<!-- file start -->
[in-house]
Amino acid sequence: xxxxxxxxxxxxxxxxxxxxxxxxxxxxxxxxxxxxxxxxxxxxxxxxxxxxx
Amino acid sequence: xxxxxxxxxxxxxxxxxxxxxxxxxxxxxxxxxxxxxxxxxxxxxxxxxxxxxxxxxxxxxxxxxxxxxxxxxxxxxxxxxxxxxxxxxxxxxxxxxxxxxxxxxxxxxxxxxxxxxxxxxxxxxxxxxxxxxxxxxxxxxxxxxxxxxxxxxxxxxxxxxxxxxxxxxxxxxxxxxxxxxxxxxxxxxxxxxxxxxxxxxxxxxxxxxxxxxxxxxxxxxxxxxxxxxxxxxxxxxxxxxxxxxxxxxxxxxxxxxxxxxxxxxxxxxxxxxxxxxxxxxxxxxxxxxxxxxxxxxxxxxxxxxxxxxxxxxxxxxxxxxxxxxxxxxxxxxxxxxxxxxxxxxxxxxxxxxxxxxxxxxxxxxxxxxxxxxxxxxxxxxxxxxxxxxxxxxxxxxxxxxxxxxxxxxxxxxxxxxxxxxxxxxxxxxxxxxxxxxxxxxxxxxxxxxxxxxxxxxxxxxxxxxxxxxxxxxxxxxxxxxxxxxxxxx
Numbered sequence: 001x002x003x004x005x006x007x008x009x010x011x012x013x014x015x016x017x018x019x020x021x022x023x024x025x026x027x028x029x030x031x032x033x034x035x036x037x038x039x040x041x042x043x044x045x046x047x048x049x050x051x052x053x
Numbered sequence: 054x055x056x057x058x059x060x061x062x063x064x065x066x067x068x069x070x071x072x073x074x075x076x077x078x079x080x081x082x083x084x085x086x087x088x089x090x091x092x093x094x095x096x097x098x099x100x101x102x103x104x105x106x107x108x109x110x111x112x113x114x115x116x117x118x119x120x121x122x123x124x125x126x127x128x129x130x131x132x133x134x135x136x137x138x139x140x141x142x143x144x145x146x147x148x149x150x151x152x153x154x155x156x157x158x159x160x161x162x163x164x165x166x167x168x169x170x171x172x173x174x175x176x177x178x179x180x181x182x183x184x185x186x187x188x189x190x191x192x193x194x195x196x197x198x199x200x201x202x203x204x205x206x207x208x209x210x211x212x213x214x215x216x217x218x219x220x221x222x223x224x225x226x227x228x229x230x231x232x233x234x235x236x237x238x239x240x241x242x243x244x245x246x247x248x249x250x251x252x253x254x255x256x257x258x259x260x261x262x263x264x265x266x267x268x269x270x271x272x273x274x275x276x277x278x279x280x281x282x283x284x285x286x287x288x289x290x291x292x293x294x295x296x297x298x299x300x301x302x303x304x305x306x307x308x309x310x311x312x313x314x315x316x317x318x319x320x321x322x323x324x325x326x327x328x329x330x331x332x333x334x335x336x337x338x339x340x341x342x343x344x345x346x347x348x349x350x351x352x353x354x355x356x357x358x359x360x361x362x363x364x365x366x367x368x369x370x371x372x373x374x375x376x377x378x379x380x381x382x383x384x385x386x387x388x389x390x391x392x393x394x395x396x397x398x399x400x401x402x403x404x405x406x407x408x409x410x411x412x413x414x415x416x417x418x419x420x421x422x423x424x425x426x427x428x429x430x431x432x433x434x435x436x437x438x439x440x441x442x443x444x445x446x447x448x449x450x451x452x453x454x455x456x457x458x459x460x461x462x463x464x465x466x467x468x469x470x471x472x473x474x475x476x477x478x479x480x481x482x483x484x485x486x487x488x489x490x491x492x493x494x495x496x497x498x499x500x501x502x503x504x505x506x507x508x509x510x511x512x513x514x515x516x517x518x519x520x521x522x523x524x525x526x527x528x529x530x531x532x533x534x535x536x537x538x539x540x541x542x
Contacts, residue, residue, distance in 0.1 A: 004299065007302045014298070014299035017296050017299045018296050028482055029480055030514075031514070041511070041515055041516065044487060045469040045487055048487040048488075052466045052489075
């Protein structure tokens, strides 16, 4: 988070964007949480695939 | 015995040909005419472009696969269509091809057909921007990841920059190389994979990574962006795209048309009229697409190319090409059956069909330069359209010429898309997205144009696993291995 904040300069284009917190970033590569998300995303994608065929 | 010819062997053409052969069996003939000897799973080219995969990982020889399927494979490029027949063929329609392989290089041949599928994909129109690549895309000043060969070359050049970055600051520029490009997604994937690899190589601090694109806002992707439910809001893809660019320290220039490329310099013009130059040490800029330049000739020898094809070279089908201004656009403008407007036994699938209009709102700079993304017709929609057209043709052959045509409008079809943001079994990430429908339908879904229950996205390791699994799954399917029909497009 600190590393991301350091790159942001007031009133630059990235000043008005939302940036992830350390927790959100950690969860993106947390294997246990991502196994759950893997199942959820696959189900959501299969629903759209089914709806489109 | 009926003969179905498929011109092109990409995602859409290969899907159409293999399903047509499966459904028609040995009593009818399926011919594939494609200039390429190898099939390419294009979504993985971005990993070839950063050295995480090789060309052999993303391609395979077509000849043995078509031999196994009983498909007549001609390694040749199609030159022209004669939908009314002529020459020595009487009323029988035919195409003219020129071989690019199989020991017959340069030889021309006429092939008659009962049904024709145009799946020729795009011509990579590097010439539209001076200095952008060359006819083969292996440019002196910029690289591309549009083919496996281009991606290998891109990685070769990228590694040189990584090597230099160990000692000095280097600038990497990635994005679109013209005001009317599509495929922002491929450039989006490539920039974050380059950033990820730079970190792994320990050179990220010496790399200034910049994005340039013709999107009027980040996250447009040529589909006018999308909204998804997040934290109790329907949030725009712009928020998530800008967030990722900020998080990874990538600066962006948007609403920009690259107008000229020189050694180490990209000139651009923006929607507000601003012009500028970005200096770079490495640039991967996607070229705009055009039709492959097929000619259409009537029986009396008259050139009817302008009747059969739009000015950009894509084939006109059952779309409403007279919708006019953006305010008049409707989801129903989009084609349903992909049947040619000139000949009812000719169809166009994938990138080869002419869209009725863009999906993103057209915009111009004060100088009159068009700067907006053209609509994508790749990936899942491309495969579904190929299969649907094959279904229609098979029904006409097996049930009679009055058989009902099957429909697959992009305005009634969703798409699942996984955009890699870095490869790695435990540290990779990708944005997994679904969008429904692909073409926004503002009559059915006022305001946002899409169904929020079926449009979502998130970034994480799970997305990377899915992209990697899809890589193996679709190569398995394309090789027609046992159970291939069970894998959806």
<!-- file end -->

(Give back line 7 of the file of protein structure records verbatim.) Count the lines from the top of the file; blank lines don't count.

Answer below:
């Protein structure tokens, strides 16, 4: 988070964007949480695939 | 015995040909005419472009696969269509091809057909921007990841920059190389994979990574962006795209048309009229697409190319090409059956069909330069359209010429898309997205144009696993291995 904040300069284009917190970033590569998300995303994608065929 | 010819062997053409052969069996003939000897799973080219995969990982020889399927494979490029027949063929329609392989290089041949599928994909129109690549895309000043060969070359050049970055600051520029490009997604994937690899190589601090694109806002992707439910809001893809660019320290220039490329310099013009130059040490800029330049000739020898094809070279089908201004656009403008407007036994699938209009709102700079993304017709929609057209043709052959045509409008079809943001079994990430429908339908879904229950996205390791699994799954399917029909497009 600190590393991301350091790159942001007031009133630059990235000043008005939302940036992830350390927790959100950690969860993106947390294997246990991502196994759950893997199942959820696959189900959501299969629903759209089914709806489109 | 009926003969179905498929011109092109990409995602859409290969899907159409293999399903047509499966459904028609040995009593009818399926011919594939494609200039390429190898099939390419294009979504993985971005990993070839950063050295995480090789060309052999993303391609395979077509000849043995078509031999196994009983498909007549001609390694040749199609030159022209004669939908009314002529020459020595009487009323029988035919195409003219020129071989690019199989020991017959340069030889021309006429092939008659009962049904024709145009799946020729795009011509990579590097010439539209001076200095952008060359006819083969292996440019002196910029690289591309549009083919496996281009991606290998891109990685070769990228590694040189990584090597230099160990000692000095280097600038990497990635994005679109013209005001009317599509495929922002491929450039989006490539920039974050380059950033990820730079970190792994320990050179990220010496790399200034910049994005340039013709999107009027980040996250447009040529589909006018999308909204998804997040934290109790329907949030725009712009928020998530800008967030990722900020998080990874990538600066962006948007609403920009690259107008000229020189050694180490990209000139651009923006929607507000601003012009500028970005200096770079490495640039991967996607070229705009055009039709492959097929000619259409009537029986009396008259050139009817302008009747059969739009000015950009894509084939006109059952779309409403007279919708006019953006305010008049409707989801129903989009084609349903992909049947040619000139000949009812000719169809166009994938990138080869002419869209009725863009999906993103057209915009111009004060100088009159068009700067907006053209609509994508790749990936899942491309495969579904190929299969649907094959279904229609098979029904006409097996049930009679009055058989009902099957429909697959992009305005009634969703798409699942996984955009890699870095490869790695435990540290990779990708944005997994679904969008429904692909073409926004503002009559059915006022305001946002899409169904929020079926449009979502998130970034994480799970997305990377899915992209990697899809890589193996679709190569398995394309090789027609046992159970291939069970894998959806």